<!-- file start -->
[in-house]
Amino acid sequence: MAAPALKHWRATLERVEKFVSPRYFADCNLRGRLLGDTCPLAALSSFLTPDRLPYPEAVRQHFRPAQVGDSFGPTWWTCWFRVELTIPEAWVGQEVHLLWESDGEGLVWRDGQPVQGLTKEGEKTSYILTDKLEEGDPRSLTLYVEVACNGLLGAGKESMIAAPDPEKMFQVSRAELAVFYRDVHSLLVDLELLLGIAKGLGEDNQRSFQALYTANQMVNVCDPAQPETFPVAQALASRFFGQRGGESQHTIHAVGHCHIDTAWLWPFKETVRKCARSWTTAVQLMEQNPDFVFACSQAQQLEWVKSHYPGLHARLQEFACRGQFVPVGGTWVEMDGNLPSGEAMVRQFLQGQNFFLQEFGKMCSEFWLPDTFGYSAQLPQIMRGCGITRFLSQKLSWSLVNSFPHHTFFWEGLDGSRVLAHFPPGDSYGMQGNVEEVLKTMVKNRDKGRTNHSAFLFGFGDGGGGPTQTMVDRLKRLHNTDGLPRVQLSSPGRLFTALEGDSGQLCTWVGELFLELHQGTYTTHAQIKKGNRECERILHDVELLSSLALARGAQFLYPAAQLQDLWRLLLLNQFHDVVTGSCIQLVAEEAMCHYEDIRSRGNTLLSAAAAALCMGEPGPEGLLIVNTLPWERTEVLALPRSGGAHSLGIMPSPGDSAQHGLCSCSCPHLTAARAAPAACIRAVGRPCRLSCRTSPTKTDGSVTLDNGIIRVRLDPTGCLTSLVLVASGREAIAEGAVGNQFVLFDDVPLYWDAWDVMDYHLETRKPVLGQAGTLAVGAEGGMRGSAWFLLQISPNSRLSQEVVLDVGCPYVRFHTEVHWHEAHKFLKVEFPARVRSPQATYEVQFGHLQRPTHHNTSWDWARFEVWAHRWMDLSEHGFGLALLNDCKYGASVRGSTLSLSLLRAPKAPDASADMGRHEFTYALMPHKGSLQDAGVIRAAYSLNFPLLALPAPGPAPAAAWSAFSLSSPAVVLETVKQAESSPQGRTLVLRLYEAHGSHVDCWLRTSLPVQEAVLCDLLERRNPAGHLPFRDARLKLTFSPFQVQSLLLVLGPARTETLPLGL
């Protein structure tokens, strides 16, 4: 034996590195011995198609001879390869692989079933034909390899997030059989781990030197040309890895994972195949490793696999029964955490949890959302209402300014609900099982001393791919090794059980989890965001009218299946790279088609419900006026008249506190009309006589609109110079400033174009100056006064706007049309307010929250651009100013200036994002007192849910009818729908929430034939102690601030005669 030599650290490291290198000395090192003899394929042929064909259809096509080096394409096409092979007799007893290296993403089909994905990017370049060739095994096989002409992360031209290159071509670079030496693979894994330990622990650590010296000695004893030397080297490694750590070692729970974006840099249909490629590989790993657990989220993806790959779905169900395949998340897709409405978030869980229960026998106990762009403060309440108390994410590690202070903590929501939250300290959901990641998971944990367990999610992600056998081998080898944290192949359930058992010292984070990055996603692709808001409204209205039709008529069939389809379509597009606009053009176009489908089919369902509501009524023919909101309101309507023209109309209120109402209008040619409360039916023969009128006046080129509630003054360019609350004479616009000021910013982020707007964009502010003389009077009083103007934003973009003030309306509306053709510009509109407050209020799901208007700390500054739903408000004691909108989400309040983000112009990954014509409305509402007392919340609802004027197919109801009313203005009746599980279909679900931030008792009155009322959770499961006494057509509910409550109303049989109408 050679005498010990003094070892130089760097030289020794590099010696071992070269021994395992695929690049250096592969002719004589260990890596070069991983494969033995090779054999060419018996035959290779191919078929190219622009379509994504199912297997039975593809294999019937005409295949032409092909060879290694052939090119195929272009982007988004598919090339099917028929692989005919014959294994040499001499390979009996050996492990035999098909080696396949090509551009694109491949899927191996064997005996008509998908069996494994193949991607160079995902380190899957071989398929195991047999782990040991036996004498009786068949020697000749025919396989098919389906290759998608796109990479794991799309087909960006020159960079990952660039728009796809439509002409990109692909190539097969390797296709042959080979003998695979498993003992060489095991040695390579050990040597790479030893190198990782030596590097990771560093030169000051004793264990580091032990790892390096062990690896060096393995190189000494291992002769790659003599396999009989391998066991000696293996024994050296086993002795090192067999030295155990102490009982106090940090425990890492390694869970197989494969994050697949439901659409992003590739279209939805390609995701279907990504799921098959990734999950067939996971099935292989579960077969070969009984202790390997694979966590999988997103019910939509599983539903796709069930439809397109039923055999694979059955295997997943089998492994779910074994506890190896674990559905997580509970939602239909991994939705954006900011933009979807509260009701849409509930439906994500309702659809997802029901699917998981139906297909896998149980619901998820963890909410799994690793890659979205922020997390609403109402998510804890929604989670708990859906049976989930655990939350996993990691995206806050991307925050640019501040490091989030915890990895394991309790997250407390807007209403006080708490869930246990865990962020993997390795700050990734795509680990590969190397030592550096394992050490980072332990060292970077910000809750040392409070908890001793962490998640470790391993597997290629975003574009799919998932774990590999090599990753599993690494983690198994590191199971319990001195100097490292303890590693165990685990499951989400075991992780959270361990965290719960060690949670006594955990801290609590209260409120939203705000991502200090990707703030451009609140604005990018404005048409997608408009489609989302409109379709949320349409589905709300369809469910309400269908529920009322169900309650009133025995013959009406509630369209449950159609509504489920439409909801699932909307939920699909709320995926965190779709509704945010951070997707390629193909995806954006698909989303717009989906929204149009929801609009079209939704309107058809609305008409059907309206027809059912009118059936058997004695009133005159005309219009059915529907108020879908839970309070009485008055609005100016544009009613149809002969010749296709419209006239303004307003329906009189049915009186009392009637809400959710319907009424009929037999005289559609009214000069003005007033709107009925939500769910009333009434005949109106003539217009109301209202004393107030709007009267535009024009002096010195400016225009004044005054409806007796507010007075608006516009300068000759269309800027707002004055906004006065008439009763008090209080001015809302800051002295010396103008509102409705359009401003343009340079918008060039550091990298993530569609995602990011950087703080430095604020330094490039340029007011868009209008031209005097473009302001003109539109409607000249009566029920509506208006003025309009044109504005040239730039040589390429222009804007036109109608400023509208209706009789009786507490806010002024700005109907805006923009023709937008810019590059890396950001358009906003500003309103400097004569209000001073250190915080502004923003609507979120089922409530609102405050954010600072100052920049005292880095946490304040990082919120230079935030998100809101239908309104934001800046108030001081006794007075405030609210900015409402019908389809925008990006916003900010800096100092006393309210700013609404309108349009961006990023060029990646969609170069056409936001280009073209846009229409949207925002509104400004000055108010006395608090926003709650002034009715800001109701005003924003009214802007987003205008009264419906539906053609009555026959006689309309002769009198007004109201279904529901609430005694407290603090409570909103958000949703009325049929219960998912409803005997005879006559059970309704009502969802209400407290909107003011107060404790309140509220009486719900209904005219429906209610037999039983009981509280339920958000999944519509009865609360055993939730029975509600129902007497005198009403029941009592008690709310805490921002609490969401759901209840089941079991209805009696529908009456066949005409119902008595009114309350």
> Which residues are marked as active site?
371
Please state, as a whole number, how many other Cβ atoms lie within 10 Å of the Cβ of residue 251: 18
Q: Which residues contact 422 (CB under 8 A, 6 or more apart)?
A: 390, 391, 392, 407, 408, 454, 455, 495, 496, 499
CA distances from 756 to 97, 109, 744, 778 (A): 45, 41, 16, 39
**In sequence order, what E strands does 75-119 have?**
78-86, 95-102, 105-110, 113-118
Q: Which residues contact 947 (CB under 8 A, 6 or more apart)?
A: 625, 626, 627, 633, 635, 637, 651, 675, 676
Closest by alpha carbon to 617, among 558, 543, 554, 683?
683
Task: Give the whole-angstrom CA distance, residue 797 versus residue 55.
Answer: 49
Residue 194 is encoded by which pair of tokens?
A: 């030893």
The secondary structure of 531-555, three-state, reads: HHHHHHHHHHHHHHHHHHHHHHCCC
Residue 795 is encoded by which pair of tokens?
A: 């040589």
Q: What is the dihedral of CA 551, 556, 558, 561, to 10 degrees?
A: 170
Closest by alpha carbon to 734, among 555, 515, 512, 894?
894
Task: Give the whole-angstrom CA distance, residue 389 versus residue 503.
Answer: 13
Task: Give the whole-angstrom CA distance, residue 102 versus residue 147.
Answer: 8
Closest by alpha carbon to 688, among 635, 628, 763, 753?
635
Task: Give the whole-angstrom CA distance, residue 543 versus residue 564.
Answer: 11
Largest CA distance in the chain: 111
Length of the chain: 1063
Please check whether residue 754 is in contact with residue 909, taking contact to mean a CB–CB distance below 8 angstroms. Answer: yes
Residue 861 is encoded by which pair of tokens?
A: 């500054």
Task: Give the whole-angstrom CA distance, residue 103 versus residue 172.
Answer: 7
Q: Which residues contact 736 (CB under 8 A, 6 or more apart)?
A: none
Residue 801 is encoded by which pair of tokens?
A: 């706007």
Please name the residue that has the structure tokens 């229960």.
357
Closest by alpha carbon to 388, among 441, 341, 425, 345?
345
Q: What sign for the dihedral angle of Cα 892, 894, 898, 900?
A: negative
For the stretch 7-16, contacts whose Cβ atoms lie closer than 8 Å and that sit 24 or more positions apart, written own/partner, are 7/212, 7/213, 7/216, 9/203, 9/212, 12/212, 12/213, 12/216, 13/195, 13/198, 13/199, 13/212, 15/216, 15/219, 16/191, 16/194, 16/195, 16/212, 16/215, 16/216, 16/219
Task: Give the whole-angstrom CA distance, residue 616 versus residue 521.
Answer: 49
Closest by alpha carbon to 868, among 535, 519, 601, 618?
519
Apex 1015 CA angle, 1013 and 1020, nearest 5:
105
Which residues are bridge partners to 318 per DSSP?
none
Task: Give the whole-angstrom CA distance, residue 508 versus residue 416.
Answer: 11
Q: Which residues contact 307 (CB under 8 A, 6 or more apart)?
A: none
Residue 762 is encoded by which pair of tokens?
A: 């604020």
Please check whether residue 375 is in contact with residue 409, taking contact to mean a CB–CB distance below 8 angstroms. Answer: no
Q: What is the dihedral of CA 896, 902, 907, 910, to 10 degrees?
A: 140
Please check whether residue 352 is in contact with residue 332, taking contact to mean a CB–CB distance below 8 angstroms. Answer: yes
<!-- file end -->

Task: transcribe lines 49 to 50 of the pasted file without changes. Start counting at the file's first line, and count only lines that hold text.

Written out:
345
Q: What sign for the dihedral angle of Cα 892, 894, 898, 900?